Learn more about Dyeing, a finishing process, how do they work and what are the usages in the industry.
Dyeing is an effective and popular finishing process that adds color to textiles and other porous materials. The dyeing process is pervasive in the world around us from the textile, cosmetic, and medical sectors all the way up to the construction, paper, packaging, and automotive industries. Incessant research over the 20th century has led to an enormous range of synthetic colors. Contrary to the belief that dyeing is mainly an aesthetic process, it is actually indispensable for a vast spectrum of industries.
Historically, colored dyes have been sourced from nature, mainly derived from plants, insects, and animals. Through advancements in science and technology, synthetic dyes came into existence around the mid-19th century. In 1856, the first synthetic dye was developed by William Perkin. It was a deep shade of purple called “mauveine” and was derived from coal tar. Later in 1869, Alizarin, the red dye originally derived from madder root, became the first natural pigment to be duplicated synthetically; this eventually led to the collapse of the naturally derived dye market.
Dyes are available in a variety of formats including dry powders, granules, pastes, liquids, pellets, and chips. The dyeing process for textile fibers involves coloring the fabric in a solution, generally aqueous, known as a dye bath. Absorption of the dye is a critical factor in order for the color to maintain a relatively durable state. It is also important that the dye doesn’t rapidly fade upon exposure to light. The four molecular forces that ensure proper absorption of dye molecules include: ionic forces, hydrogen bonding, Vander Wals’ forces, and covalent chemical linkages.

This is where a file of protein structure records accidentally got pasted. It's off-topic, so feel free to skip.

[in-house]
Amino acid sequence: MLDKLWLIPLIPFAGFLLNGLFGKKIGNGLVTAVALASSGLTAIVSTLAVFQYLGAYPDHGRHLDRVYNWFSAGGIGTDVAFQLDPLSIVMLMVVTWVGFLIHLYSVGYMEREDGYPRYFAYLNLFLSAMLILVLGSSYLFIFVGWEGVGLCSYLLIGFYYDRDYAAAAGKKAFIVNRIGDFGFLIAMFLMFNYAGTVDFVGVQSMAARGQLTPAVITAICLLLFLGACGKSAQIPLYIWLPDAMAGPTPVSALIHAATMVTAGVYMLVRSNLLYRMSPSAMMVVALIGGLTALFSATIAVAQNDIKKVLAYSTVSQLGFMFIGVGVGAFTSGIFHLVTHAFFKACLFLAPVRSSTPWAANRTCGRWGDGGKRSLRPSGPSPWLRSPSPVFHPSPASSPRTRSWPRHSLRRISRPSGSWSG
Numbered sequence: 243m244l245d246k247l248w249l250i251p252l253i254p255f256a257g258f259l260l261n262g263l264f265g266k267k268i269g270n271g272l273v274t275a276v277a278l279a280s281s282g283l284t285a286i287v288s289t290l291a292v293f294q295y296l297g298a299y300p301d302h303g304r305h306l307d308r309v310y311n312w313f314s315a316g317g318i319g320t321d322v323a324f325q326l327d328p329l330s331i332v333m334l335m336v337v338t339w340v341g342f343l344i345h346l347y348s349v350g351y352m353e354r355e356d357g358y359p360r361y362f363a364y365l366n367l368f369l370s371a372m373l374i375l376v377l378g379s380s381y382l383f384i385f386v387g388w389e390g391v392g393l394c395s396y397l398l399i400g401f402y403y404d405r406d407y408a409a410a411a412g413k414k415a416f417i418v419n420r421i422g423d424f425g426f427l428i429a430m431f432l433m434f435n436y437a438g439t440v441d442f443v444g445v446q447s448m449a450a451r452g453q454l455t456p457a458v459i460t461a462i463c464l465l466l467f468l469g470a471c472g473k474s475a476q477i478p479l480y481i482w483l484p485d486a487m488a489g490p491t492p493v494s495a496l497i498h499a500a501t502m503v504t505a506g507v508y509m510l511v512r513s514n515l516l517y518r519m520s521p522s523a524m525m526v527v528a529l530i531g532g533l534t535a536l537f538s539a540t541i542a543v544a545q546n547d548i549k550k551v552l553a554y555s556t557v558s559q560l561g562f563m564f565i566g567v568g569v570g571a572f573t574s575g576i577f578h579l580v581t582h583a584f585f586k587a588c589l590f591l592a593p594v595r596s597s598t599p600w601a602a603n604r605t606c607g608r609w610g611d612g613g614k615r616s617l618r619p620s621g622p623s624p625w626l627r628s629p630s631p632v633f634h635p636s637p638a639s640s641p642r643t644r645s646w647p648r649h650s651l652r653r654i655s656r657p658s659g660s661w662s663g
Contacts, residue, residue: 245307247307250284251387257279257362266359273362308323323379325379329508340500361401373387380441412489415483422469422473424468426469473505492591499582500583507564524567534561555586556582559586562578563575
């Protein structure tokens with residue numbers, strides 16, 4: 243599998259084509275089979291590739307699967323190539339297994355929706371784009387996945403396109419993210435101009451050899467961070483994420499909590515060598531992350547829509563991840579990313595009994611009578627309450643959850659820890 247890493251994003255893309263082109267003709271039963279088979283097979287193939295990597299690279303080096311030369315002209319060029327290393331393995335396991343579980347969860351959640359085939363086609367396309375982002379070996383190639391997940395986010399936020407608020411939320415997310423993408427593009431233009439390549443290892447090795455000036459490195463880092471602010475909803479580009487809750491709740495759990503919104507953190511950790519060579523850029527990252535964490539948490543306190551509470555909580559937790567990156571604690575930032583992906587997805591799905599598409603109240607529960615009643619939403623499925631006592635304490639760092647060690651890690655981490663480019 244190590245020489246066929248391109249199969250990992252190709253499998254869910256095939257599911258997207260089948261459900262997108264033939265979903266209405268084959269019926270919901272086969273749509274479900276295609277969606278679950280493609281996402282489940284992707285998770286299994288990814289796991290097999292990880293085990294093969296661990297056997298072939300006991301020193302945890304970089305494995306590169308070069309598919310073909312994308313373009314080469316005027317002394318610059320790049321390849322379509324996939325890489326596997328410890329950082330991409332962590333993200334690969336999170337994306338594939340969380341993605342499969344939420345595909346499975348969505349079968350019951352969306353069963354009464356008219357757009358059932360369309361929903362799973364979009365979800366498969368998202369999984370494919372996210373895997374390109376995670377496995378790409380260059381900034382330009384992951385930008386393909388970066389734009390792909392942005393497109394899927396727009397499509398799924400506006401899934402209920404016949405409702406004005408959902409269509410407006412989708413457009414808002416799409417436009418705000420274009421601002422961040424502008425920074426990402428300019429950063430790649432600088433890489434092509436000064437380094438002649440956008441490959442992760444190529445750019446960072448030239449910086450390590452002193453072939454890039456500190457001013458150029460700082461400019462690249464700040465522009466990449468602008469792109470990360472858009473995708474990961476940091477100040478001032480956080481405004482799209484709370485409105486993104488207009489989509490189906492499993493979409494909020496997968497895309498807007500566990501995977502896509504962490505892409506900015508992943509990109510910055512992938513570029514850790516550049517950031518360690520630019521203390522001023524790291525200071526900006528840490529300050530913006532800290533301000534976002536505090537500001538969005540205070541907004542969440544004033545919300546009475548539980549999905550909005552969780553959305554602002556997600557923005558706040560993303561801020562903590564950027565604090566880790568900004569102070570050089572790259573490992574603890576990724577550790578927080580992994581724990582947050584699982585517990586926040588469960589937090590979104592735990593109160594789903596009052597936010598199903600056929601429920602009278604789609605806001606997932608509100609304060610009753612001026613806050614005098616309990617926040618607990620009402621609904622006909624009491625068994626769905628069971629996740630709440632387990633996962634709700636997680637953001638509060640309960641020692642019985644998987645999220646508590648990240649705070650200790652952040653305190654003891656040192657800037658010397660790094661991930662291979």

Some specialized industries have requirements for specific properties such as resistance to heat, weather, and UV (ultraviolet light) conditions; in some cases, there are also requirements for dyes to exhibit electrical conductivity, water solubility, reinforcing fibers, and be free from heavy metals. Ongoing advancements have also lead today’s biotechnology industry to adopt a highly sophisticated process of dyeing.
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